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What will happen this week if the U.S. government has maxed out its credit cards, as is expected to occur on Thursday?

Here’s the truth: No one really knows. It’s quite likely Oct. 17 will come and go and no one will notice. Markets may yawn that day, and Americans won’t even be slapped in the face by locked national parks or disappearing pandacams, as they were when the government shutdown took effect earlier this month.

But if the U.S. reaches the debt ceiling, it could be the day that America’s status as world power ends, not with a bang but a whimper. The impact of the federal government not paying some bills, which will almost certainly occur should partisan bickering continue much past Oct. 17, will be much more subtle, and much more significant, than the closing of national parks.

The debt ceiling, enshrined in federal law back in 1917, functions like a credit limit on your credit card. When reached, the government will no longer be able to borrow money to pay its bills, as it must do every day.

What Hitting the Debt Ceiling Looks Like

When spending hits the ceiling, some bills will still be paid. Uncle Sam still has some change in his pocket, and like a waitress in a bar, still goes home every day with some cash through tax receipts. That money will be used to pay the military, pay Social Security, pay China for interest on the U.S. bonds it holds, and pay for the staff at the gym in the Capital building. But of course, there’s not enough to go around. So some bills will go unpaid.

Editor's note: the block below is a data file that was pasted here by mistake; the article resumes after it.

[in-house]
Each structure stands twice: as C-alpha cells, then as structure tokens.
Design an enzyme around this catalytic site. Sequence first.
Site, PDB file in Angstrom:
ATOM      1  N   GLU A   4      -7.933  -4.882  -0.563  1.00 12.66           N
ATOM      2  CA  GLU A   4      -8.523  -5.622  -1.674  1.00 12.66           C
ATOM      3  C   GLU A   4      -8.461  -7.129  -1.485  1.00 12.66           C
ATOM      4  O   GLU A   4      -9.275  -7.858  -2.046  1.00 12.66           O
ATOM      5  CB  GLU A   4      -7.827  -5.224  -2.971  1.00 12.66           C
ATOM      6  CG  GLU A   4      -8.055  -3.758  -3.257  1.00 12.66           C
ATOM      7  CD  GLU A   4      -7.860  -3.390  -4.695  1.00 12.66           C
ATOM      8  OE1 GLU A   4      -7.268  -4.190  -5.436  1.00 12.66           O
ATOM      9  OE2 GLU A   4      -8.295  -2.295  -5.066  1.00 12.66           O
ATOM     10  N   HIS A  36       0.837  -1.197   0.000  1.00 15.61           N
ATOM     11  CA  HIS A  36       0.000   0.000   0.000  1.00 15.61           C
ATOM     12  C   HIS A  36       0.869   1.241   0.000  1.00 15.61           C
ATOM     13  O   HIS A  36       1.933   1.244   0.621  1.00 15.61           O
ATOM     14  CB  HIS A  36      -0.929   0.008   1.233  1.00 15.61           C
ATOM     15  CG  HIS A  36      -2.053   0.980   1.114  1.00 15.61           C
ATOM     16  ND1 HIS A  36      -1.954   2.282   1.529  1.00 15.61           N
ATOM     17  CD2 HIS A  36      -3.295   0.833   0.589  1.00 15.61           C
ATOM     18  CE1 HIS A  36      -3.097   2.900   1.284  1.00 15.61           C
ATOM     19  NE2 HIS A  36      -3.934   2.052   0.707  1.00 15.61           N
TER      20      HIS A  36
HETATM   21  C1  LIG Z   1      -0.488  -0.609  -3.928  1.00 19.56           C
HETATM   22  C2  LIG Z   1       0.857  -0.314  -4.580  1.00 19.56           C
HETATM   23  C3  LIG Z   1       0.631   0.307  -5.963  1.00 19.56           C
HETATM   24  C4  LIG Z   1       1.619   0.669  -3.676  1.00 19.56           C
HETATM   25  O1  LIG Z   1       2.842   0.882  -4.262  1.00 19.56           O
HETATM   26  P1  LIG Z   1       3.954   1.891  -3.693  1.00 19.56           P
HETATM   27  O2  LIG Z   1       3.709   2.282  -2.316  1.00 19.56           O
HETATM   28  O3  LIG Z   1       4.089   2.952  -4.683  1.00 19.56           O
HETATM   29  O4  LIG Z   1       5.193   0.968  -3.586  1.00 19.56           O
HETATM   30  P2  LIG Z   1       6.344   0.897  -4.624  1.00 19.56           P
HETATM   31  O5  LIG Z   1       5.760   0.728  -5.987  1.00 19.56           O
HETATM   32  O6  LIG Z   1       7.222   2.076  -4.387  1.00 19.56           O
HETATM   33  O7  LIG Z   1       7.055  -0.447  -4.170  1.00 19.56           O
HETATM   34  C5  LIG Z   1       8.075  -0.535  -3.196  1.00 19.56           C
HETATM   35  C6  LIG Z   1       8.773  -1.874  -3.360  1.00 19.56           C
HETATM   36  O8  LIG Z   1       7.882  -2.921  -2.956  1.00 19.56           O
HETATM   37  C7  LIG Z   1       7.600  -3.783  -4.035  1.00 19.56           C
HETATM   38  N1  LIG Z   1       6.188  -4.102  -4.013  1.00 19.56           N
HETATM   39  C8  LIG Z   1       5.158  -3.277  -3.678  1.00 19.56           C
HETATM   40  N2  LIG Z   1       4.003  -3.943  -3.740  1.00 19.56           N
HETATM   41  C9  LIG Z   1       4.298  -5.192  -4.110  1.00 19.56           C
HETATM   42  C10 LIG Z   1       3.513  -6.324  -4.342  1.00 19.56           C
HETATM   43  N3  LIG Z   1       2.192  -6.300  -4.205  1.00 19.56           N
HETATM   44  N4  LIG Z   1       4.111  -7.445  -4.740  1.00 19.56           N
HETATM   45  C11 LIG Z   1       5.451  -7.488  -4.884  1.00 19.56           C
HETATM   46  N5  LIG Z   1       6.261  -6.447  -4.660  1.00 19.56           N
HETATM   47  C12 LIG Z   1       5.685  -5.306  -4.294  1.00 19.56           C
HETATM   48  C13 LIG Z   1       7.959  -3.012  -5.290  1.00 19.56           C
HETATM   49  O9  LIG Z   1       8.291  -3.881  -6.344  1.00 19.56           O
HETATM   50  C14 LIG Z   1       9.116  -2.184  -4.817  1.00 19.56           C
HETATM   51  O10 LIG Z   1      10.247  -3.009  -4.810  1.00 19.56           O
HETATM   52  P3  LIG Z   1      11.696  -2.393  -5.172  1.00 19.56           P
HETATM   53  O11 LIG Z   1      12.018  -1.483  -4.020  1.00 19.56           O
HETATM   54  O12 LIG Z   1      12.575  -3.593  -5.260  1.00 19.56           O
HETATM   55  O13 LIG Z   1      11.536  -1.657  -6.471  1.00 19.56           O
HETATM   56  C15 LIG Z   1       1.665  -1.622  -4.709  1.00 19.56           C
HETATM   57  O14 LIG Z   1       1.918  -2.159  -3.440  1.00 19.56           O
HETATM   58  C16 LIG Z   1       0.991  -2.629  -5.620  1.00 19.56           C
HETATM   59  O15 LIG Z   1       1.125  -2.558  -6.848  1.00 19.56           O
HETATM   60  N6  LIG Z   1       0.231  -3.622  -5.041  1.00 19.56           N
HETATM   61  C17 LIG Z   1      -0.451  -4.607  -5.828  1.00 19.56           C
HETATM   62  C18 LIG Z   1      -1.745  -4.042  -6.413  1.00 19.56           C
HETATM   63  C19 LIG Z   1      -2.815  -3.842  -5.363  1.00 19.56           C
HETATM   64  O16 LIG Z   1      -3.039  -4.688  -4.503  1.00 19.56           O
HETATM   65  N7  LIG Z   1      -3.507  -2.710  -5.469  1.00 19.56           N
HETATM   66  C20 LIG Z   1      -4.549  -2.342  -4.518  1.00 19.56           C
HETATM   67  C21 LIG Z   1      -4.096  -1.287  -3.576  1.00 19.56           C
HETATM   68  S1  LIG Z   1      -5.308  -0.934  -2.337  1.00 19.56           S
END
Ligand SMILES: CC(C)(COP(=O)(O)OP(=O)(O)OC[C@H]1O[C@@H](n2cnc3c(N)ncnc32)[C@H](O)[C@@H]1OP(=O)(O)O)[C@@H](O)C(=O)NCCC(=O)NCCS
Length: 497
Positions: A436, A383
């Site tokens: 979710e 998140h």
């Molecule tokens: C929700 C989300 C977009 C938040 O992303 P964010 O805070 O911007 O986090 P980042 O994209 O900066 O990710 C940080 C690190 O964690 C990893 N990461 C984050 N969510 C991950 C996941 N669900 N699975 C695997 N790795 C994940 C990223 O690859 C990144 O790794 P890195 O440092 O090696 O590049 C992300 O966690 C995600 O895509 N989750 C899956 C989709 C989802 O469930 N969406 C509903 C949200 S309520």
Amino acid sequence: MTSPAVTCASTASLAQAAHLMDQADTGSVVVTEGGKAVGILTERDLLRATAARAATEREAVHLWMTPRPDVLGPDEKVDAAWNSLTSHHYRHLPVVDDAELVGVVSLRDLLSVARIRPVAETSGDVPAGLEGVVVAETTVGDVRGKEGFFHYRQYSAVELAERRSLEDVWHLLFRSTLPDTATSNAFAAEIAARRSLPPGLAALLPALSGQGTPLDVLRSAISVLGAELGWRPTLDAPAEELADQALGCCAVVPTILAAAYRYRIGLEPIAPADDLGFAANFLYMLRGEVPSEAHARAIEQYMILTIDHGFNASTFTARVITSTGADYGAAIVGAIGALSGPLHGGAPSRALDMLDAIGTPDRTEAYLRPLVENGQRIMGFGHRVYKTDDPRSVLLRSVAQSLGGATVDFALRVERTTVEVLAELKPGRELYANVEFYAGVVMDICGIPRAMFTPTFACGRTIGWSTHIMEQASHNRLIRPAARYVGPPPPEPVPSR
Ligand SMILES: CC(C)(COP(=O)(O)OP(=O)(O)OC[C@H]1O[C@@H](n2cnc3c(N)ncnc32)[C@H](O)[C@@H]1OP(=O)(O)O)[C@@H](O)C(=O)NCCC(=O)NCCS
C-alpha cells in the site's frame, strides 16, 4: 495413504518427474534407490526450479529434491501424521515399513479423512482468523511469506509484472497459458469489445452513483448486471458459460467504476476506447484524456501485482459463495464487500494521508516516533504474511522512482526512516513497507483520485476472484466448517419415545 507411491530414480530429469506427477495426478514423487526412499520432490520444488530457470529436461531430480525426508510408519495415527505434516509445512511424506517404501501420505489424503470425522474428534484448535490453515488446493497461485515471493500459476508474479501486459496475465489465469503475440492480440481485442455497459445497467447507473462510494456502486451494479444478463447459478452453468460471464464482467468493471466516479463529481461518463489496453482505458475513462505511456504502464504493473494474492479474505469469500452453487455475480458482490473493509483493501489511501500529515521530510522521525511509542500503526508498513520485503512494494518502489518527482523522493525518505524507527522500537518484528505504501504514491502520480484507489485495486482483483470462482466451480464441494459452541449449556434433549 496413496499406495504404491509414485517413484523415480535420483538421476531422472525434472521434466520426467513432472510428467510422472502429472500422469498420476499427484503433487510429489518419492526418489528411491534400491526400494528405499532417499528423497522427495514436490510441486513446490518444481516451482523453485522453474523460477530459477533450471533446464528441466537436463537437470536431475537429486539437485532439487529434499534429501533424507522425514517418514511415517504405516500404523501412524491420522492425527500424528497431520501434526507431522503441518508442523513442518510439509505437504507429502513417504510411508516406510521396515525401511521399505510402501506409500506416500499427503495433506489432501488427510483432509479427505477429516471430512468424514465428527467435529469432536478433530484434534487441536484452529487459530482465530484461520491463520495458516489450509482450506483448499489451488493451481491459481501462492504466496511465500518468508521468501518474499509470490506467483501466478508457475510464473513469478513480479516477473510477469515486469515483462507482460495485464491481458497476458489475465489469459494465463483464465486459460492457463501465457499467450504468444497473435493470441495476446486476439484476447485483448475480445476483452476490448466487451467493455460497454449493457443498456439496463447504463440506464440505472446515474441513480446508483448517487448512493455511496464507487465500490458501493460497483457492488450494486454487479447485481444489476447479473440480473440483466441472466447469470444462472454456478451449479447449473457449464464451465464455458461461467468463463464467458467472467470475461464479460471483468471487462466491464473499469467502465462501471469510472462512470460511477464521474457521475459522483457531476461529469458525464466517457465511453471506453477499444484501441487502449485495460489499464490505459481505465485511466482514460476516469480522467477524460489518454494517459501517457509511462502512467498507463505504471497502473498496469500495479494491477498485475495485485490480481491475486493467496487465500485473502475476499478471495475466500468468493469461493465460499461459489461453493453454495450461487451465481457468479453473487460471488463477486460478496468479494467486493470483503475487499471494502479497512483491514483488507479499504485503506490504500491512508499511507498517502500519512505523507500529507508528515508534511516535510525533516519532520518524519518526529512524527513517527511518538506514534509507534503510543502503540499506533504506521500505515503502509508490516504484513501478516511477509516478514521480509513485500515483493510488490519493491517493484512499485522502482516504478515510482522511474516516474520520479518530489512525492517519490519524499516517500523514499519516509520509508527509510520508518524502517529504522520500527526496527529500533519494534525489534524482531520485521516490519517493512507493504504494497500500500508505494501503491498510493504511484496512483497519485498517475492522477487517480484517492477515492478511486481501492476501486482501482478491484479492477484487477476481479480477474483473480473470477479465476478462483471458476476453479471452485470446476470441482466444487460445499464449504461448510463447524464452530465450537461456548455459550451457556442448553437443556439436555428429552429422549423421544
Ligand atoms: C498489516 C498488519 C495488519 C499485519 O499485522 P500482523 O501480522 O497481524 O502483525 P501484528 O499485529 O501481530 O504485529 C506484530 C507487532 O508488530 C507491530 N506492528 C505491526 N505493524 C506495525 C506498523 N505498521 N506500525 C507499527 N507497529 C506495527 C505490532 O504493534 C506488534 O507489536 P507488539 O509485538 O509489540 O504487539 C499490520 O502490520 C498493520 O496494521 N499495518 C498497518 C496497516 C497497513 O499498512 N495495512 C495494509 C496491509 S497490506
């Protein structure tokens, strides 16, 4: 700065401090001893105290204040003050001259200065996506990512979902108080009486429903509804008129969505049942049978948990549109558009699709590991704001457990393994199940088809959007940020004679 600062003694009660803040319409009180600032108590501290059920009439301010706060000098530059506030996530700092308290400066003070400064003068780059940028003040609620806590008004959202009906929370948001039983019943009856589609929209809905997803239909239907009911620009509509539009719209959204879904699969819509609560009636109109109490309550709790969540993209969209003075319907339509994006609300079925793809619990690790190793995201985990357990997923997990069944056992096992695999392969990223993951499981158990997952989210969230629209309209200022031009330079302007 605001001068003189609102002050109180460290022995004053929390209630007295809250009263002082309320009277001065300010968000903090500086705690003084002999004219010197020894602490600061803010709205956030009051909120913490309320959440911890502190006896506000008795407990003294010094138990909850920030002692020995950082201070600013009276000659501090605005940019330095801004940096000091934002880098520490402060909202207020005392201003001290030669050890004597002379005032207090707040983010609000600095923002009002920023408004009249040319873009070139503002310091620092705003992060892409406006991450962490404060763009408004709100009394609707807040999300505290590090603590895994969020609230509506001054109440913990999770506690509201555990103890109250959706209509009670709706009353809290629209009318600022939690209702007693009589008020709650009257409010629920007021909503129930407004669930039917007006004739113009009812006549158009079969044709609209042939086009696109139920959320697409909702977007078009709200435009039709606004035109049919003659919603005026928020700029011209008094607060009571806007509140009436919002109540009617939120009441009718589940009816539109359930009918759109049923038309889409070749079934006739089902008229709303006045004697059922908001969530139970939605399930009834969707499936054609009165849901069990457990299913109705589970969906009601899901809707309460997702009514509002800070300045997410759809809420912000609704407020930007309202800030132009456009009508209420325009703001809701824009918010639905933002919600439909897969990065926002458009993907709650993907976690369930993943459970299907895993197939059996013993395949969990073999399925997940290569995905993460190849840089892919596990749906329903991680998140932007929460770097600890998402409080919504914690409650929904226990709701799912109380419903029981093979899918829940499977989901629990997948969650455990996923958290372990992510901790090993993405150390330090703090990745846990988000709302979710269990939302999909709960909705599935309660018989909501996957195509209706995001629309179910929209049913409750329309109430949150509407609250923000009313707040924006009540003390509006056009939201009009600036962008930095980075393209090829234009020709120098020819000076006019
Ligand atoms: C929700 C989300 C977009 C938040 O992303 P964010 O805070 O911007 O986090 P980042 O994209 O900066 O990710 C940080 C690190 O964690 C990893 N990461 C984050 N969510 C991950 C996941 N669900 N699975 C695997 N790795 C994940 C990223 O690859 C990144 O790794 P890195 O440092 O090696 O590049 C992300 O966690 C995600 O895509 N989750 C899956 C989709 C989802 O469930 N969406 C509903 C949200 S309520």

When that occurs, you are unlikely to see bread lines forming on the street, and banks collapsing like dominoes. In fact, you might not even see a big sell-off on Wall Street. The power company doesn’t shut off your power the first day you fail to pay the electric bill. China might not even react if the U.S. is late by a couple of hours, or even a few days, with interest payments. The U.S. probably has a grace period with its creditors. That means debt ceiling day will probably be less eventful than, say, Lehman Brothers day.

This will almost certainly bolster the voices of those who say hitting the debt ceiling is no big deal. It will make those pointing toward an Oct. 17 catastrophe look like they were crying wolf. The debate could drag on for days, or weeks.